Yesterday's chart toppers prove they've still got it
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No, these two bands aren't the newest names in alternative rock. Yes, each has a middle-aged front-man. And yes, these two seasoned rock groups can still fill an outdoor amphitheater to capacity and prove that they are anything but "past their prime." Though their popularity may have peaked a decade ago, both acts brought devoted fans to their feet.

Smirnoff Music Center in Dallas was shaken at its foundations Saturday night as The Goo Goo Dolls and Counting Crows delivered a spectacular joint performance that pleased a packed house spanning the demographic spectrum. Parents, children and "twenty-somethings" alike were all singing along to the bands' high-energy sets.

Goo Goo Dolls' front-man Johnny Rzeznik and the Counting Crows' Adam Duritz not only reminded fans of what made them famous a decade ago, but provided assurance that they are still here and far from finished.

Showcasing their new album "Let Love In," the Dolls opened their set with the high-energy rock anthem "Stay With You," tapping into the expressive and stirring sound that resonated through the band's '90s hits. With such a lengthy list of fan favorites, the anticipation by the crowd exploded into deafening cheers as Rzeznik strummed the well-known acoustic intro to the ever-popular "Slide," as well as delivering near-perfect performances of their classic acoustic-electric ballads "Black Balloon," "Name," "Here Is Gone" and "Iris."

Indeed, the live performance of "Iris" was powerful and poignant, with instrumentals alluding to the sounds of a full orchestra and convincing even the toughest critics that the Dolls know how to write songs. The Dolls closed with three singles off the new album, "Better Days," "Let Love In" and "Give a Little Bit." Obvious themes of hope and humanity flowed through the lyrics, themes continued and elaborated upon by the Counting Crows.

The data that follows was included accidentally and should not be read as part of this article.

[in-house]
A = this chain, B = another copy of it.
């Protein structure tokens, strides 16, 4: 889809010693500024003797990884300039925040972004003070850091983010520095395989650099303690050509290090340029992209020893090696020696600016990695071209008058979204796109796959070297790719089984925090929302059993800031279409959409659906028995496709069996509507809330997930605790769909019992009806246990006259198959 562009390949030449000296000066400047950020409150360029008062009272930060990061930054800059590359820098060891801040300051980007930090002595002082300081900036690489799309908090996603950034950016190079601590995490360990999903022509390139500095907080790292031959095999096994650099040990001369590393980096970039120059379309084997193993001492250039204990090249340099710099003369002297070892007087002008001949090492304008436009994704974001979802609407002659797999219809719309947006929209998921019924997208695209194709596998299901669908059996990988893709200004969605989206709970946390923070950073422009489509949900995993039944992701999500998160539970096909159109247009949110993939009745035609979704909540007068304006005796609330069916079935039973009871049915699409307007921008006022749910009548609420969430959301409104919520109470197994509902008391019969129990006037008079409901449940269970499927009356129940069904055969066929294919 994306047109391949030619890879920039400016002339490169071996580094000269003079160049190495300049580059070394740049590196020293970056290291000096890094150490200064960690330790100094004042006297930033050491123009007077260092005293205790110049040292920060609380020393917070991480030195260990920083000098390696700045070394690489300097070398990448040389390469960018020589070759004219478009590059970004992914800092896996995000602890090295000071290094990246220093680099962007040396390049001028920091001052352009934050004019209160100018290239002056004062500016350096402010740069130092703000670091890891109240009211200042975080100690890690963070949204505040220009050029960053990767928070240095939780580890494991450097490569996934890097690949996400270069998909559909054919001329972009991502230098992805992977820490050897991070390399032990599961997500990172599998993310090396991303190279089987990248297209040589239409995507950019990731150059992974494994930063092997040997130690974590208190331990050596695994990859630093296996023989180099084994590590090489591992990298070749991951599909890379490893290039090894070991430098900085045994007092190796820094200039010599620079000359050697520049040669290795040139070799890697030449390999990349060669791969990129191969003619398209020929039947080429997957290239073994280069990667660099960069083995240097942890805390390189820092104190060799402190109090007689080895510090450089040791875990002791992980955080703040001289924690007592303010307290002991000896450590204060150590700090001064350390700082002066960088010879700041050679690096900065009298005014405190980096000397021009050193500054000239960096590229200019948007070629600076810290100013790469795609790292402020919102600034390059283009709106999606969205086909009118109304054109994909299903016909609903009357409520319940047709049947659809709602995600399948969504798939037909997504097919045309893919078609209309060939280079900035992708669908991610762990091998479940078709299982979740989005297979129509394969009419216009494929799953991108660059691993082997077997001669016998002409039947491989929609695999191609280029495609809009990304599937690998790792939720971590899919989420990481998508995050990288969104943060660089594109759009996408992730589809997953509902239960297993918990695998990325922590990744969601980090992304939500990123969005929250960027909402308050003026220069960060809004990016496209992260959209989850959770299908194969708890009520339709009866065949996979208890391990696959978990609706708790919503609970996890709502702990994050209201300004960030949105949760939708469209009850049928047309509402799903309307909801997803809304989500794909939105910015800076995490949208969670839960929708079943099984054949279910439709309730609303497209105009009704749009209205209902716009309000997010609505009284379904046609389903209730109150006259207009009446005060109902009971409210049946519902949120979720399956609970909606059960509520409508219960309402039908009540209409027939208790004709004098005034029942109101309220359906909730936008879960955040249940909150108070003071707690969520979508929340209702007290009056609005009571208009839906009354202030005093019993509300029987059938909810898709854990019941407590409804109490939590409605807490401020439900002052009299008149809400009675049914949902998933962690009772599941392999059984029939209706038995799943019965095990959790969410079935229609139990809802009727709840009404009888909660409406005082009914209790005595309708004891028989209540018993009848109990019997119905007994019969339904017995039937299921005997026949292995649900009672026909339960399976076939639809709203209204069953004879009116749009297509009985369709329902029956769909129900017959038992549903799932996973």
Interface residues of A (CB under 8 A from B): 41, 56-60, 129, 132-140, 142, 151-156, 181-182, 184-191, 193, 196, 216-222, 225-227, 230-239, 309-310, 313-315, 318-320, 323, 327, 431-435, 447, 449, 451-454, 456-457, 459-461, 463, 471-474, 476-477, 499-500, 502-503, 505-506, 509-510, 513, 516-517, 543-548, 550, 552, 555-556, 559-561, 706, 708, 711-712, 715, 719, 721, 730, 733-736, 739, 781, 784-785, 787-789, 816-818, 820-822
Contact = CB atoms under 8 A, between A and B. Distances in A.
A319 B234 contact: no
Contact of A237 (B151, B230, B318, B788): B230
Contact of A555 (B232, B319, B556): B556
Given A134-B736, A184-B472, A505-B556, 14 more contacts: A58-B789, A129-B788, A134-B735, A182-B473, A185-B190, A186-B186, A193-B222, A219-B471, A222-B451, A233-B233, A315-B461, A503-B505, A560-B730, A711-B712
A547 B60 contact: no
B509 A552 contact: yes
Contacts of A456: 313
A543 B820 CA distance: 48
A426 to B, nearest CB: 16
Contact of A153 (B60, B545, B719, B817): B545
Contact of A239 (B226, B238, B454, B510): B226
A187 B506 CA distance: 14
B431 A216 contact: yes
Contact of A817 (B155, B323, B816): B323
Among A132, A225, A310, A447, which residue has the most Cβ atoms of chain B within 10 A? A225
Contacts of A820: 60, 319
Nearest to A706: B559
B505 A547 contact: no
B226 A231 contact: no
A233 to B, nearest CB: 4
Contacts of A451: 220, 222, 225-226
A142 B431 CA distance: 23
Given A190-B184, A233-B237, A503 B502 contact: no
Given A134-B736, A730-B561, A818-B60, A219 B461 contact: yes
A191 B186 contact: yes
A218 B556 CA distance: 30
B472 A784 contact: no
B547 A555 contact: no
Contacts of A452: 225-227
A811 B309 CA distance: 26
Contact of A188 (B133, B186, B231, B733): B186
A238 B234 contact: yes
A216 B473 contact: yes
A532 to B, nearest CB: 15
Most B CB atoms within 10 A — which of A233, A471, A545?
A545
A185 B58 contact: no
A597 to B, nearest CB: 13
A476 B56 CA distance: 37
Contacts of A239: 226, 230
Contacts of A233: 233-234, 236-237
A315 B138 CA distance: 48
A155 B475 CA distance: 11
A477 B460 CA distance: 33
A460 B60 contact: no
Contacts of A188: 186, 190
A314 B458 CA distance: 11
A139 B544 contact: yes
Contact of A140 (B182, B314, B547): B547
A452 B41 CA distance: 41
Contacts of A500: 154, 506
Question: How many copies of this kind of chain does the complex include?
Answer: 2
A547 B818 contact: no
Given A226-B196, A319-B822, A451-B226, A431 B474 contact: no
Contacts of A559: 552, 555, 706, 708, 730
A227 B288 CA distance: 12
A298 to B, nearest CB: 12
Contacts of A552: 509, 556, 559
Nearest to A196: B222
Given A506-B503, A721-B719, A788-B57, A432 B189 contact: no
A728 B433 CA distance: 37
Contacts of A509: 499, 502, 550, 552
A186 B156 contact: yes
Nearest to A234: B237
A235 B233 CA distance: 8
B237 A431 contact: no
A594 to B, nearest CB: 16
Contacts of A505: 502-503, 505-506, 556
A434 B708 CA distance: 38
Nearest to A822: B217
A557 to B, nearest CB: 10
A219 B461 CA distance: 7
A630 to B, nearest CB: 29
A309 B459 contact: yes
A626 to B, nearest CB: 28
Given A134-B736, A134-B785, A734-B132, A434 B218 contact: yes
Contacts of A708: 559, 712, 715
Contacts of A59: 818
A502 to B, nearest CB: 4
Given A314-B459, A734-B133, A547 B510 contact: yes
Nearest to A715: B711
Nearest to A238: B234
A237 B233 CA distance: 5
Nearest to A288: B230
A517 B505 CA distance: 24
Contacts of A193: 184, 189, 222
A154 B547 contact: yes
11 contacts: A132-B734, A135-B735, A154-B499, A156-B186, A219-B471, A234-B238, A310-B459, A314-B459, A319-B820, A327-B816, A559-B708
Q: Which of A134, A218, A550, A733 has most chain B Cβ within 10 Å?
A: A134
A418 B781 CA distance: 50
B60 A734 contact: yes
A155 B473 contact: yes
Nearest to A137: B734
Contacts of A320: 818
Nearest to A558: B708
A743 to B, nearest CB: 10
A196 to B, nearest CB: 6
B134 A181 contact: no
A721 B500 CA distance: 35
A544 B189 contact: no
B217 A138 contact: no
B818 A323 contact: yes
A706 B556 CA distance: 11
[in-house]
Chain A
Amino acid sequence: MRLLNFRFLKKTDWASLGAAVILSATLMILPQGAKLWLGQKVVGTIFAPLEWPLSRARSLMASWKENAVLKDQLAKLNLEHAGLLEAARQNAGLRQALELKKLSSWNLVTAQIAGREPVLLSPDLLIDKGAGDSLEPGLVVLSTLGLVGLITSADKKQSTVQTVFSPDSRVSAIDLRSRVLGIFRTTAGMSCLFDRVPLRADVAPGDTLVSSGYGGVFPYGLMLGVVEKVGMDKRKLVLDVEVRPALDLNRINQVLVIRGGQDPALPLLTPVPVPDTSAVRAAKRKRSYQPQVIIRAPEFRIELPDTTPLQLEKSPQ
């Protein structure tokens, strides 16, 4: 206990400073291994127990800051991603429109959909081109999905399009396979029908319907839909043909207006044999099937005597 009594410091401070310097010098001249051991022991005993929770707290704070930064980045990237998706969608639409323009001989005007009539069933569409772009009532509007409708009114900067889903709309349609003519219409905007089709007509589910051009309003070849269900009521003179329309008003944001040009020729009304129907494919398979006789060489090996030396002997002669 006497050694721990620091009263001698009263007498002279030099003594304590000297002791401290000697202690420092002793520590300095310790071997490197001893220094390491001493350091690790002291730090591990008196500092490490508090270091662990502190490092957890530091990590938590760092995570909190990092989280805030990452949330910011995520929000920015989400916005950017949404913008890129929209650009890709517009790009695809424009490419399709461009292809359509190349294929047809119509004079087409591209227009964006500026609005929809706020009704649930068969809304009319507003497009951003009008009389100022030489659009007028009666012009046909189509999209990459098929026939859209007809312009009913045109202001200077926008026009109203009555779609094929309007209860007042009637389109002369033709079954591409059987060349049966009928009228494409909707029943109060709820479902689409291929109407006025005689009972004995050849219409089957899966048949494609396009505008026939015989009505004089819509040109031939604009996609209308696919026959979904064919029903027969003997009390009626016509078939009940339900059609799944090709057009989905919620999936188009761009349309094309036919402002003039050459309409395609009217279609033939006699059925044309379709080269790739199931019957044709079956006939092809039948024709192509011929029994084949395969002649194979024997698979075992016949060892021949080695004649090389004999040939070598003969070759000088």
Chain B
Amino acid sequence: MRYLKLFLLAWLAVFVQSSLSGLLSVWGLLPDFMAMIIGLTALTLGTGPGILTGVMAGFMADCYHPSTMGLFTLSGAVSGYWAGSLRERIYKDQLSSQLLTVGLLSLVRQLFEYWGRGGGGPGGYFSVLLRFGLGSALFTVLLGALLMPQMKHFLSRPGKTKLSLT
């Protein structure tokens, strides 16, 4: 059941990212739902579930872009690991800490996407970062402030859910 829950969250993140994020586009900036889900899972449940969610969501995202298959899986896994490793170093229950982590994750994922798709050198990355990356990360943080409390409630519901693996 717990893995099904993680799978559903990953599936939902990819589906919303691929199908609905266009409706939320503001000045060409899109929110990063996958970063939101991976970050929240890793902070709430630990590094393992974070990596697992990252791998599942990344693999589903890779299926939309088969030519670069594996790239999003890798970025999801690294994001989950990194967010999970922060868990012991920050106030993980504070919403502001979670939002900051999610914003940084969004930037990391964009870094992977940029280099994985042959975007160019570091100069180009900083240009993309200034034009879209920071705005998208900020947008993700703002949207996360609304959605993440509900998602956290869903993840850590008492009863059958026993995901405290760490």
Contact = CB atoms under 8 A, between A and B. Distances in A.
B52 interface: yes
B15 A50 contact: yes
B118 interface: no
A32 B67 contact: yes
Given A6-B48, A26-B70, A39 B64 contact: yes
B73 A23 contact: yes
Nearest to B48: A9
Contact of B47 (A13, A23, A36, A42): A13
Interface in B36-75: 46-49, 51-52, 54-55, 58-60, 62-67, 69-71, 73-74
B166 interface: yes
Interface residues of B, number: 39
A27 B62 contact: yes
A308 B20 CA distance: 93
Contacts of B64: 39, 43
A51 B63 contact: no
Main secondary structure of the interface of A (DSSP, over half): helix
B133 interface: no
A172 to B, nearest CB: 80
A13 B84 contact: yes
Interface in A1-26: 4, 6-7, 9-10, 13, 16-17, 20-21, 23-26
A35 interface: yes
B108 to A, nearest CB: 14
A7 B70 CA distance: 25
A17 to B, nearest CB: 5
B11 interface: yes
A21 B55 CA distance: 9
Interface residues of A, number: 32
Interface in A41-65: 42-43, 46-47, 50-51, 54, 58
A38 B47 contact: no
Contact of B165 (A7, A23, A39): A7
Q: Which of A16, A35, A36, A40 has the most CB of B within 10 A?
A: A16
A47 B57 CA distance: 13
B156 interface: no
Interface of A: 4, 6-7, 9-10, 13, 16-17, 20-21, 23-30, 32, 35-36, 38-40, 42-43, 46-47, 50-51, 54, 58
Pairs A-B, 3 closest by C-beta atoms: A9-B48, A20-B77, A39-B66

The Dolls did a great job of balancing their set with the best of the old and new while staying true to their original sound. They saw no need for variation, nor did their adoring fans. On the contrary, the Counting Crows' absence of new material prompted Duritz to stray from the original recordings and develop new arrangements of hits such as "Anna Begins," "Mr. Jones" and "A Long December."

While the Crows may be 13 years removed from their multi-platinum debut album, "August and Everything After," and recording no new studio album since 2002's "Hard Candy," the band definitely knows how to deliver their best to the crowd and showcase its eclectic sound.

Duritz transformed the crowd favorite "Round Here" into a crowd-marveling, 10-minute epic. The highlight of the Crows' performance, the song had Duritz singing so passionately he seemed to forget where he was at times.

Lost in his own lyrics, it was difficult to take your eyes off him; a quick scan of the crowd displayed a wide range of reactions, from fixed stares to gaping jaws to actual tears. The atmosphere created an appropriate platform for advocacy, taking the opportunity to promote the Goo Goo Dolls' USA Harvest and raise awareness of issues such as HIV/AIDS, domestic abuse and the need for community volunteerism.

The two bands proved that time has not slowed them down. Quite the contrary, they're better than ever. Long-time fans were rewarded for their devotion, and any passive concert goer who wasn't a fan before, is now.

Source: SMU Daily Campus

Author: Lesli Benefield

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